The first two classes ate it up. We went over new vocabulary and how to use it. Then they explained the unfair criticism from developed western countries and even gave me some examples of recent advancements and solutions from the central government. We even had a mock debate. However, my problem class was silent. I mean totally silent. While I am getting more comfortable with silence in the classroom, this went on forever. I have quickly learned that a question directed to the whole class usually goes unanswered. Students are trained to only listen in class, so there is no feeling of responsibility to fill the silences in a class. That is, apparently, the teacher’s job. I got a few students to admit that they simply were not interested in this topic; that was all I could squeeze out of them. Finally with still 45 minutes left to go in a two hour class, I told them to leave. I said those who want to have class can stay, those who want to leave may leave. And they did - except one, Melody. Her pronunciation is careful and precise and she obviously cares about learning English. I quizzed her about her reticent classmates. She explained two important things.

First, the majority of students in her class were assigned to be English majors. In fact, they have no interest in English at all. Apparently when admitted to a Chinese University, you must decide a major before the start of freshman year. However, there are limits to each department and if that major is full or you don't qualify, you are simply assigned to another. Simply obtaining a university degree is far more important than the actual subject matter studied (not to mention one’s interest there-in.)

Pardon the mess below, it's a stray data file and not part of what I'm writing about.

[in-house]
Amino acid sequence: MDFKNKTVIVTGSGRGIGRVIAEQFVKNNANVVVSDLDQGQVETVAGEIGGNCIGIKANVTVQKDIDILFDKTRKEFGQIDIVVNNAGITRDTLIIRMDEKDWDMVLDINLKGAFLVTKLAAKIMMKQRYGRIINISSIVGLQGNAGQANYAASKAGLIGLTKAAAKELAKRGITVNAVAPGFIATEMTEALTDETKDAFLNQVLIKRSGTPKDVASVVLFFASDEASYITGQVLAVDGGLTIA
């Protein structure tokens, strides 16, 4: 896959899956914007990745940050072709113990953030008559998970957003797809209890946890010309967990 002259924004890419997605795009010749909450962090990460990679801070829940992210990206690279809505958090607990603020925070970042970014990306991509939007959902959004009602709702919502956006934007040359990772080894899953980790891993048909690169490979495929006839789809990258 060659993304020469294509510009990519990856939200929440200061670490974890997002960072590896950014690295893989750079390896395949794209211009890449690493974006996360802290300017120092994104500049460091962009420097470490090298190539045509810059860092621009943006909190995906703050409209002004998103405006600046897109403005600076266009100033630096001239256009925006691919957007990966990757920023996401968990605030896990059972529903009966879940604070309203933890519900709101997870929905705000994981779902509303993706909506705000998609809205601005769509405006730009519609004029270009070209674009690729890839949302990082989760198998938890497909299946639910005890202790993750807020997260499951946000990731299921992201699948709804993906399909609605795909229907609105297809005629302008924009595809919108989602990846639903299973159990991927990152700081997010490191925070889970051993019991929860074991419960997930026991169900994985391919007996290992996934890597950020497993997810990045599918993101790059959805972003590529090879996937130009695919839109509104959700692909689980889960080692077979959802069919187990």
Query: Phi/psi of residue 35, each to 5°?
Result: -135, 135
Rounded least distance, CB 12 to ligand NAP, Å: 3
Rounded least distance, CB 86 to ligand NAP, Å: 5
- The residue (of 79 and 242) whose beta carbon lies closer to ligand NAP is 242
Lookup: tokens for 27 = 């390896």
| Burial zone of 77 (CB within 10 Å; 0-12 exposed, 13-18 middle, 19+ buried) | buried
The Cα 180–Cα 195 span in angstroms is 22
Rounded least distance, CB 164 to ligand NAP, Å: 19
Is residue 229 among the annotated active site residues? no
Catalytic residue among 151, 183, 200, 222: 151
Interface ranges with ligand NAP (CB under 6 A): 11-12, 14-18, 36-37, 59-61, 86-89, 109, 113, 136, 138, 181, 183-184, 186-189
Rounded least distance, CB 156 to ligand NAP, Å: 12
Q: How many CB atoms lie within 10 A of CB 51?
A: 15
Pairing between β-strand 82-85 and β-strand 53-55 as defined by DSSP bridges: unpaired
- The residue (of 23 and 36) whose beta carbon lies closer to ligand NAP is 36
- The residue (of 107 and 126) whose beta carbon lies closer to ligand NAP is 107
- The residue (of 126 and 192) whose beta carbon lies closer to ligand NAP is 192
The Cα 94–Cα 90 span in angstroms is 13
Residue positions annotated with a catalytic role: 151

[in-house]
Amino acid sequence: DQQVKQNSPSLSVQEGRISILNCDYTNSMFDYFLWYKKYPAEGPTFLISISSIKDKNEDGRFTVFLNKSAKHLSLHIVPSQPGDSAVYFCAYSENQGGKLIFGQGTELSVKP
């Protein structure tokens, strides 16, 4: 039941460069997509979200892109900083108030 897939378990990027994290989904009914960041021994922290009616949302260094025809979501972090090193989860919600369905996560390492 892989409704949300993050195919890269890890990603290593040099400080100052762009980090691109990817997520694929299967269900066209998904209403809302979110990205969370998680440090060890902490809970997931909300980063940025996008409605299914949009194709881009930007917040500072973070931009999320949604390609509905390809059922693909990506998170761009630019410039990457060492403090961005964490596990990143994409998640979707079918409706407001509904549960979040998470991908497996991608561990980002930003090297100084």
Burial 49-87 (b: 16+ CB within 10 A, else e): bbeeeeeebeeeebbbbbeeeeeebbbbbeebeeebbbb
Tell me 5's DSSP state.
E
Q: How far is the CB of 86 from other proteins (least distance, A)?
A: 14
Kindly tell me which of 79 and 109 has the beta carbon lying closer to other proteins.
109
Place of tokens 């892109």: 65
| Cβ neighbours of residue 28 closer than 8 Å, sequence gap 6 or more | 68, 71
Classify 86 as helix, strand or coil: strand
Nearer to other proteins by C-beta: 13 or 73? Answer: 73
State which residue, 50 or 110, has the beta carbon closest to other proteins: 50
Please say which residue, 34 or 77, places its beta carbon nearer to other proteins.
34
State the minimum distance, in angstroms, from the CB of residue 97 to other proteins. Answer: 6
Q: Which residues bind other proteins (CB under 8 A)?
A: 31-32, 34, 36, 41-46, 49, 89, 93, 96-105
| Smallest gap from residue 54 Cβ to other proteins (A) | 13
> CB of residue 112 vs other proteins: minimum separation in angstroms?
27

The second challenge is cultural. She explained that most students are taught to be modest in class and in life. If a student speaks too much the other students will feel that they are showing off. I admit that during my college classes I was careful to avoid becoming the class loud mouth. But this seems to be a more extreme awareness. Melody confided that she is careful to not speak more than three times in any class period….even if this is “Oral English.”

Such is the growing tally of challenges: (in addition to never really having taught full two hour lessons in a university before in my life) I have shy, socially awkward and paranoid students who are stuck with all English classes all week with the same classmates since freshman year, half of whom don’t even like English at all. Add to this a completely useless book from which to teach, absolutely zero suggestions on curriculum or grading standards, and a support staff that speaks no English. Finally, include classrooms just large enough for 10 rows of bolted down desks, a chalk covered podium, and a blackboard. Go!